Bush is overdrawn at the Bank of Credibility. All he can do now is bellyache on how mean the Russians are, and issue empty warning. Several times already the Russians have thrown Bush’s stupity back in his face I don’t know about an international crisis, but Bush is an international joke.

    I guess there’s some truth to the biblical proverb…Nothing profits a man like a good reputation. Even the proverb from the hood would apply to Bush…Don’t let your mouth write no checks that your ass can’t cash.

  11. felicity  •  Aug 16, 2008 @1:42 pm

    Dr. Helen Caldecott was granted a 20 minute interview with Reagan early on in his second term as president. People working in offices adjacent to the OO later described Caldecott as emerging from the interview ‘white as a sheet.’ She later said that it was evident to her that Reagan was suffering from Alzheimer’s.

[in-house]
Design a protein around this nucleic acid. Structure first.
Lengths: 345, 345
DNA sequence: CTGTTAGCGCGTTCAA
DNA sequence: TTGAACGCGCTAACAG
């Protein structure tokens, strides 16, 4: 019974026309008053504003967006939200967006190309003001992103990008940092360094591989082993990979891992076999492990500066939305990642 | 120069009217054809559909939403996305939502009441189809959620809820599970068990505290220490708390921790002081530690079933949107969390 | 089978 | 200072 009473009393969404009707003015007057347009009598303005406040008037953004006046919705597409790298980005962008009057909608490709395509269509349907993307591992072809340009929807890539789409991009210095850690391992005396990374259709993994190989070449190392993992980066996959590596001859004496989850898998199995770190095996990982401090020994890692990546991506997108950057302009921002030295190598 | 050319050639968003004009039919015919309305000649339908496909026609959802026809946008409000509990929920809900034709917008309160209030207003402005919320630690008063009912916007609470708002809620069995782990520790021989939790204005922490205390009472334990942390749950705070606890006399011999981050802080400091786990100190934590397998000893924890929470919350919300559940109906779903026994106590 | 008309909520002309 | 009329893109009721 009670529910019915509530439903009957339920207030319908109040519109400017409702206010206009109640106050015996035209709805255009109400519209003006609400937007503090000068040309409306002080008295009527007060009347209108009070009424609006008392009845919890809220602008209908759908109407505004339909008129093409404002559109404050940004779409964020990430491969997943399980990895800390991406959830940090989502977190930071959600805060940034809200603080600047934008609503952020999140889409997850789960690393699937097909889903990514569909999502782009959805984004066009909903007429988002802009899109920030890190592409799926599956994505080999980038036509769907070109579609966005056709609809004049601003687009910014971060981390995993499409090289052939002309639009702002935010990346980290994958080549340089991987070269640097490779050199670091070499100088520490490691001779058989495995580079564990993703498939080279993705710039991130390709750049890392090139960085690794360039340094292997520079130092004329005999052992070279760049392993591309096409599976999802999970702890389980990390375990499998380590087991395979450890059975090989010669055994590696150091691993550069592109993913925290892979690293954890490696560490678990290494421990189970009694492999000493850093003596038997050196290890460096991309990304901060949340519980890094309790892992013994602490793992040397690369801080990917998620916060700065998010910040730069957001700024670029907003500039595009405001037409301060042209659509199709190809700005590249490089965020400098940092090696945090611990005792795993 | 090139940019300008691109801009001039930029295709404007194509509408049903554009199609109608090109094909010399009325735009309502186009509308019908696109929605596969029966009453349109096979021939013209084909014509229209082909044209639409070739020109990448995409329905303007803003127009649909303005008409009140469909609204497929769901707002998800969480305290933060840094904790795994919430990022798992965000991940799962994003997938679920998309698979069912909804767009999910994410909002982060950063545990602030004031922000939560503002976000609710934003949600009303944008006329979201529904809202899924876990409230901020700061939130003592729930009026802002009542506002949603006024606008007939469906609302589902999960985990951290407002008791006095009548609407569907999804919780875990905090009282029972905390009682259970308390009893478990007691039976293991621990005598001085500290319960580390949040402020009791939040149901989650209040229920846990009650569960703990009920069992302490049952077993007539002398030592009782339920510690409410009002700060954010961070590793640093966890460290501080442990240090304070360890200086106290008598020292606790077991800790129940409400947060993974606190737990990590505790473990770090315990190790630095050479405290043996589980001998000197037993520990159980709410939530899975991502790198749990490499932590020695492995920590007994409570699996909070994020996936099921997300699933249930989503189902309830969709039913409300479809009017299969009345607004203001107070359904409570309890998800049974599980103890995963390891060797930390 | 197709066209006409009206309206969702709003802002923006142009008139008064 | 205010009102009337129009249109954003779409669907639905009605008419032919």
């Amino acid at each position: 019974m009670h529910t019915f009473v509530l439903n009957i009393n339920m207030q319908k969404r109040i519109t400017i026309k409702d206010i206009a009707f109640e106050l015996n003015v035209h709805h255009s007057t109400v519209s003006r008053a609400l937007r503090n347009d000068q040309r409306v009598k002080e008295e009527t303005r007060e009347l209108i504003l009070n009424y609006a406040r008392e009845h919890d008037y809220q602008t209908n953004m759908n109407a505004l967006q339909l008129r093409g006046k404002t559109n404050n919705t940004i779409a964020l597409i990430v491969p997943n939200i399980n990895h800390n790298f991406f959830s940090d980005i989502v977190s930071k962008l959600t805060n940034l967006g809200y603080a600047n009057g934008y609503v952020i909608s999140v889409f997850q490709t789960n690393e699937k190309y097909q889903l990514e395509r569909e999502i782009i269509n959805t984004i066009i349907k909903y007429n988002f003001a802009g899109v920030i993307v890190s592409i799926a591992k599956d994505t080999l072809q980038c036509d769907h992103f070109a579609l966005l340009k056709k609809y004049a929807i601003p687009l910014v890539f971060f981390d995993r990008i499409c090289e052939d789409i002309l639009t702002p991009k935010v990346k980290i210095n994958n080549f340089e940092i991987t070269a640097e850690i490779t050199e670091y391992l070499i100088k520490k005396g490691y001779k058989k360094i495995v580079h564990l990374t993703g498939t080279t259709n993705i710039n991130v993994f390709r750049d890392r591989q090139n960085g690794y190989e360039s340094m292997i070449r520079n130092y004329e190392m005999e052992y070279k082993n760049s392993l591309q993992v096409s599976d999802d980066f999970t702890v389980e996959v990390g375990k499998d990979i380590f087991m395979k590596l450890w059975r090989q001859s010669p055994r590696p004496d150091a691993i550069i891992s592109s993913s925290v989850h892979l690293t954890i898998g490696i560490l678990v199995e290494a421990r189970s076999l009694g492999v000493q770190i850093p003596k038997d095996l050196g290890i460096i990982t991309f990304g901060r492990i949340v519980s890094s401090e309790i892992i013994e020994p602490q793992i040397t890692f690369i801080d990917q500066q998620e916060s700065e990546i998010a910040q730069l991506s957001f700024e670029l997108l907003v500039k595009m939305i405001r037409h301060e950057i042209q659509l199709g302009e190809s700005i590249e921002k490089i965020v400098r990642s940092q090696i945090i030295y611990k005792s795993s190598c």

Since nothing catastrophic occurred during his second term, we might assume that he was surrounded by sane, intelligent, informed and prudent advisors.

    Given that that type is now a rarity in DC, whoever next sits in OO better have his mental shit together because the last 7 years has seen an alarming increase in power transferred to the office of the president of this beleaguered country.

  12. Norm in Manteca  •  Aug 16, 2008 @2:58 pm

    I believe that the Republicans see their only strength as being tough in a very hostile world. Not only do they portray the world as hostile but I believe they make it hostile by an aggressive foreign policy. It is not surprising that they foment trouble.
    I think they do this in domestic affairs as well. They portray us under attack from damn near everything…… including liberals.